According to Web audience measurement service QuantCast, Twitter has stopped growing. After peaking at 24.4 million U.S. visitors per month, the traffic has died down to about 22 million. That's an abrupt about-face for a service that blossomed from 1.4 million readers to those 24 million in a matter of about five months.
Oh, Fail Whale, where are you now?
Take a deep breath
OK, one data point from a single source is hardly a death certificate for the hugely popular microblogging site. Twitter is not going to backpedal, shrink, and die from here. But it's enough to make you sit up and think about the concept of massive growth and what to expect from those bottle rockets.
Other legendary highfliers, like Starbucks
And that's where the stocks stop, drop, and roll.
Twitter isn't even public yet, but has already run into a glass ceiling of sorts. Maybe it's just a seasonal effect with schools ringing out for summer and everybody leaving their twitterrific Apple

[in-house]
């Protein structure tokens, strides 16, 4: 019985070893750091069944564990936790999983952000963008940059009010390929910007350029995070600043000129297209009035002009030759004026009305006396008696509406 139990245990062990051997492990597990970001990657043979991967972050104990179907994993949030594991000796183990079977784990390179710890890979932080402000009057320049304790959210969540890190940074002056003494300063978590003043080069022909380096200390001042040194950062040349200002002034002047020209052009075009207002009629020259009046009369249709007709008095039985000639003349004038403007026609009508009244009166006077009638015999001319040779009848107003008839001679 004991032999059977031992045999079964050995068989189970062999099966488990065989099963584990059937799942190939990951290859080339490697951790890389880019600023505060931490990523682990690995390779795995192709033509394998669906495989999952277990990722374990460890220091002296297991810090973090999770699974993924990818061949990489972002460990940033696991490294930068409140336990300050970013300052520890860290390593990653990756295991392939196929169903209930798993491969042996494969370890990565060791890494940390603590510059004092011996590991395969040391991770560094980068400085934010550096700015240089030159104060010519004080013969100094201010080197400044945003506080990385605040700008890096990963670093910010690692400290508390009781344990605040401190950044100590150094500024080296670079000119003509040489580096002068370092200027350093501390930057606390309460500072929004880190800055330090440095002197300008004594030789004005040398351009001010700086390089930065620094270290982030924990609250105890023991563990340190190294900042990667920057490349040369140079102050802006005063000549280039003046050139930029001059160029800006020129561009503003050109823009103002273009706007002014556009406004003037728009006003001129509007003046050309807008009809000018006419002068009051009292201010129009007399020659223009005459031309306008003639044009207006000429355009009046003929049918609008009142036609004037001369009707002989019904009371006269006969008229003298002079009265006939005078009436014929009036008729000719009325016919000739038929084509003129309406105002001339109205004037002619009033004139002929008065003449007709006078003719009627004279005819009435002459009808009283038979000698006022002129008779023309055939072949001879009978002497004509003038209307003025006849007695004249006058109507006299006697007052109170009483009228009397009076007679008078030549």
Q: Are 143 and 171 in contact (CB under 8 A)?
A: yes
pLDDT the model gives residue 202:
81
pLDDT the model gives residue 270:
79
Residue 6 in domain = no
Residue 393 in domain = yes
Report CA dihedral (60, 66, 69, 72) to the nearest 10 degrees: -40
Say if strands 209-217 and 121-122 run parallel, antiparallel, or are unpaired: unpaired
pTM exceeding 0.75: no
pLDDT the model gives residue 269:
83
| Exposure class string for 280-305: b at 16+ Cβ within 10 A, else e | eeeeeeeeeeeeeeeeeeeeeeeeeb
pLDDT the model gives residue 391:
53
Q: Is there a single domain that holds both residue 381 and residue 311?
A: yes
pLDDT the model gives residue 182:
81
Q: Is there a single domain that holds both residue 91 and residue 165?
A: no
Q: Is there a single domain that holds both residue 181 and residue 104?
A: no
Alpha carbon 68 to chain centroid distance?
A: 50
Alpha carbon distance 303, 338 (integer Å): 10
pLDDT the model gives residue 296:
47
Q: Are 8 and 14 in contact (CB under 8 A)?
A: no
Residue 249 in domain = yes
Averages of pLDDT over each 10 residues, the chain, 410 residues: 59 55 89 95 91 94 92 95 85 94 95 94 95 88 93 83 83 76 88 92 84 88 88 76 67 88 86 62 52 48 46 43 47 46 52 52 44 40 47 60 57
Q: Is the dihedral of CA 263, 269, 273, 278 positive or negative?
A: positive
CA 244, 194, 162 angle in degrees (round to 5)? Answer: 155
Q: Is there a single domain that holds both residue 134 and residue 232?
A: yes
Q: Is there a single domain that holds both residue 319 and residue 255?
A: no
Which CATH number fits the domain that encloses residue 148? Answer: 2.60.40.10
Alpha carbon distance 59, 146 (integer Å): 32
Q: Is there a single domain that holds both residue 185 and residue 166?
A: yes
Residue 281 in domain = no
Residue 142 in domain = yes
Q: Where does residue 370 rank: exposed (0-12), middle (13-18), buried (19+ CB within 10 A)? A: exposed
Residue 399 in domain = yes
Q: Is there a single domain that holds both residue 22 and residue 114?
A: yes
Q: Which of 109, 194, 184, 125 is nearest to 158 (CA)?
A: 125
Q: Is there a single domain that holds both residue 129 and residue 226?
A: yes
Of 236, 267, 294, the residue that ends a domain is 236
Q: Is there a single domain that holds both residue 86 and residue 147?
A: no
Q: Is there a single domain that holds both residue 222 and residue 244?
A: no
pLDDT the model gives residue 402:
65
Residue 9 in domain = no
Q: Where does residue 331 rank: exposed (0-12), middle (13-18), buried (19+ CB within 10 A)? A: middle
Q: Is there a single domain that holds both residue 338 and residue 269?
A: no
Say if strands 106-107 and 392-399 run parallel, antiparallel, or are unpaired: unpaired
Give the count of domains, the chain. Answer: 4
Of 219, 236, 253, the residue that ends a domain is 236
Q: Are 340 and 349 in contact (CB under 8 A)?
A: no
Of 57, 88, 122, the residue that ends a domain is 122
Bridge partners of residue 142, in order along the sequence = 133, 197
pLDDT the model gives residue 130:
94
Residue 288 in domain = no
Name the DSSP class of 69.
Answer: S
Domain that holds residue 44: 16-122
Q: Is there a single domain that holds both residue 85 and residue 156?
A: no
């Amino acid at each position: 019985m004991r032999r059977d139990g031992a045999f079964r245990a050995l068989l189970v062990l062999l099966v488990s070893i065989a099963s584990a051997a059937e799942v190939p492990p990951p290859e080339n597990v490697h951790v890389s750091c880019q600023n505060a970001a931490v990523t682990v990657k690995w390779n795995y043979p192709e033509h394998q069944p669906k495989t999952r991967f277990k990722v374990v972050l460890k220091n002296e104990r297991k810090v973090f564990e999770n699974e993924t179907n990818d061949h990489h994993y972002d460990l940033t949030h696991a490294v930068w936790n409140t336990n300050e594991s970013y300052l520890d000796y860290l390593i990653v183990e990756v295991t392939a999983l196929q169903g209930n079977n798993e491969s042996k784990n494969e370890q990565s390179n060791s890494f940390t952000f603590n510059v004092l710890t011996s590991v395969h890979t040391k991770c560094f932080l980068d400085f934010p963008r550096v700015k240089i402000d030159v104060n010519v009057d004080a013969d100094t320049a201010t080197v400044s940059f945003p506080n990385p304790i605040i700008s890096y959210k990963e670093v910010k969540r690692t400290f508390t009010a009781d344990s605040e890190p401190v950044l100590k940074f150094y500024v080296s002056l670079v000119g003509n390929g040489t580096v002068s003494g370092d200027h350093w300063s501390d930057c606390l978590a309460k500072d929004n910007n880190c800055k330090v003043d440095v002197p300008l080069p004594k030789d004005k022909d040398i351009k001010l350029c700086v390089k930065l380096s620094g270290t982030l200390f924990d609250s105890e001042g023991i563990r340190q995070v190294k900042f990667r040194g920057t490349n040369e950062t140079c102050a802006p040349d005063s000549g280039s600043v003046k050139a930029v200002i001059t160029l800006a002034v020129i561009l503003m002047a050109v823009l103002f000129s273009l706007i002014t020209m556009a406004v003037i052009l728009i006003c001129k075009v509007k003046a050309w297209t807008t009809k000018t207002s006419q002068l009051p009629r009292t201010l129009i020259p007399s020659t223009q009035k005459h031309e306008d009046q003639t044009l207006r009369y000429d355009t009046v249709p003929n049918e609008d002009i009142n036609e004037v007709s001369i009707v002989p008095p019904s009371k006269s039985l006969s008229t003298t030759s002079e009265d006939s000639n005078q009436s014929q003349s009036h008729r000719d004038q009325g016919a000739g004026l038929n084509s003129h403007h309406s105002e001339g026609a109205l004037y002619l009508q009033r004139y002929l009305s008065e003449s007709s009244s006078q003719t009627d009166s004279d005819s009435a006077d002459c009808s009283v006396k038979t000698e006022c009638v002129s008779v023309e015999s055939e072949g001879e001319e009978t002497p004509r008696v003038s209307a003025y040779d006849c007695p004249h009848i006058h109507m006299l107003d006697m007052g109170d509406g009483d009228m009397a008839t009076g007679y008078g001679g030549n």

Dollars and sense
Just how much value would there be in a Twitter IPO? Multibillion-dollar estimates seem to assume astronomical growth for years to come, but Twitter has no real revenue model yet, and 22 million users won't pay the pied piper with that sort of valuation.
How about Facebook? It's one of the most popular sites on the Web today with more than 90 million monthly visitors, and with early round investments from Microsoft and others that would imply a $10 billion valuation or more. And Facebook does make some money from advertising, unlike Twitter. But it ain't no Google-like marketing powerhouse. Facebook probably will go public eventually, but it'll take years to figure out exactly what it's worth. I'm not touching that IPO, when it comes around.
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Fool contributor Anders Bylund owns shares in Google, but he holds no other position in any of the companies discussed here. You can check out Anders' holdings or a concise bio if you like. The Motley Fool is investors writing for investors.